[Haskell-cafe] Re: Can we come out of a monad?
es at ertes.de
Wed Aug 11 09:17:03 EDT 2010
Thomas Davie <tom.davie at gmail.com> wrote:
> On 11 Aug 2010, at 12:39, Ertugrul Soeylemez wrote:
> > Martijn van Steenbergen <martijn at van.steenbergen.nl> wrote:
> >> On 8/2/10 7:09, Ertugrul Soeylemez wrote:
> >>> Given the definition of a Haskell function, Haskell is a pure
> >>> language. The notion of a function in other languages is not:
> >>> int randomNumber();
> >>> The result of this function is an integer. You can't replace the
> >>> function call by its result without changing the meaning of the
> >>> program.
> >> I'm not sure this is fair. It's perfectly okay to replace a call
> >> "randomNumber()" by that method's *body* (1), which is what you
> >> argue is okay in Haskell.
> > This is not the same. In Haskell you can replace the function call
> > by its /result/, not its body. You can always do that. But the
> > result of an IO-based random number generator is an IO computation,
> > not a value. It's not source code either, and it's not a function
> > body. It's a computation, something abstract without a particular
> > representation.
> It's still rather papering over the cracks to call this pure though.
> The IO based computation itself still has a result that you *can't*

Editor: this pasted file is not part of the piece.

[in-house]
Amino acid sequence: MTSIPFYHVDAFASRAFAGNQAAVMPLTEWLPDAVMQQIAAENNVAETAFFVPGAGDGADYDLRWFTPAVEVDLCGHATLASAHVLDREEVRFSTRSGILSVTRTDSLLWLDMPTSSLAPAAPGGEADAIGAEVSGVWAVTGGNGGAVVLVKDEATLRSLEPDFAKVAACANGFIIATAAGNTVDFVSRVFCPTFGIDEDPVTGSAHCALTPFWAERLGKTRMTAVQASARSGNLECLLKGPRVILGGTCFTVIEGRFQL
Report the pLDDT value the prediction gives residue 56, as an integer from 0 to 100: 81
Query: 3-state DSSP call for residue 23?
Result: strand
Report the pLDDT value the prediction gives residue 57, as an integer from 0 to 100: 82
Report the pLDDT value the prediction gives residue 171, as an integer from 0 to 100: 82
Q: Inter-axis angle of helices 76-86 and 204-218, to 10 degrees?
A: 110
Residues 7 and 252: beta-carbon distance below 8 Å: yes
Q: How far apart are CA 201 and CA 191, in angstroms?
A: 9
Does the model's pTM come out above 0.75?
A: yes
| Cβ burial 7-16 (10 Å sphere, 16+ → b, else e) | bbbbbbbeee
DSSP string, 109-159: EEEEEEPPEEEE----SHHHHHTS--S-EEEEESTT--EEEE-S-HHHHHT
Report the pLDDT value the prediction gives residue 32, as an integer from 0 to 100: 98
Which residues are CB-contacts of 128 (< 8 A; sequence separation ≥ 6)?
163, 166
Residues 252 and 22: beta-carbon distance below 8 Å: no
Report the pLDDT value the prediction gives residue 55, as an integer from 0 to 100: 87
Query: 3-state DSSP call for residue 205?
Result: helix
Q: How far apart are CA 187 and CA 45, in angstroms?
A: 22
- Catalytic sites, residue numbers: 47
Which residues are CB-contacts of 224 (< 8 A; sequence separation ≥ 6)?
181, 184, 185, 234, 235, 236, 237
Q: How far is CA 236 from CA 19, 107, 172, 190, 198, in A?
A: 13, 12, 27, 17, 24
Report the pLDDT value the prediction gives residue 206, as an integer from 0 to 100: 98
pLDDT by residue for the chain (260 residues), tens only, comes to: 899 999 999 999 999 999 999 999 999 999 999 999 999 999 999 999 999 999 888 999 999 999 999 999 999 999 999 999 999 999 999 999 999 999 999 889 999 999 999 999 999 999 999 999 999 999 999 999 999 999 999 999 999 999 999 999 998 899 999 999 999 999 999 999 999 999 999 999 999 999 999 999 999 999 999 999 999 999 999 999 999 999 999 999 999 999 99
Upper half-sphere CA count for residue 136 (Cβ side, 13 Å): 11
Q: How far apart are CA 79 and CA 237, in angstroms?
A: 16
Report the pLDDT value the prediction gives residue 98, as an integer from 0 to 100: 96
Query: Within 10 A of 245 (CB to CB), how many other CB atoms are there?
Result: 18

> replace the IO based computation with. The fact that it's evaluated
> by the runtime and not strictly in haskell may give us a warm fuzzy
> feeling inside, but it still means we have to watch out for a lot of
> things we don't normally have to in a "very pure" computation.
You can always come up with the necessary transformations to replace a
function's call by its body. But this is a trivial result and not
related to referential transparency. It's like saying: "You can
replace every while loop by a label and a goto". What a discovery!
A while loop would be referentially transparent, if it had some notion
of a result and you could replace the entire loop by that. And a
function is referentially transparent, if you can replace the function's
call or equivalently (!) the function's body by the function's result.
Referntially transparent functions are inherently memoizable. A C
function is definitely not.
There is a fundamental difference between an IO computation's result and
a Haskell function's result. The IO computation is simply a value, not
a function. Its result is something abstract with no concrete
representation in Haskell. In fact you can come up with mental models,
which make even those computations referentially transparent. For
example this one:
type IO = State RealWorld
You can only use (>>=) to give such a result a name, so you can refer to
it. But this is not a function's result. It's a value constructed in
some unspecified way and only accessible while running the program.
Remember: Referential transparency is a property of source code!
nightmare = unsafePerformIO (getWrongWife >>= sex)
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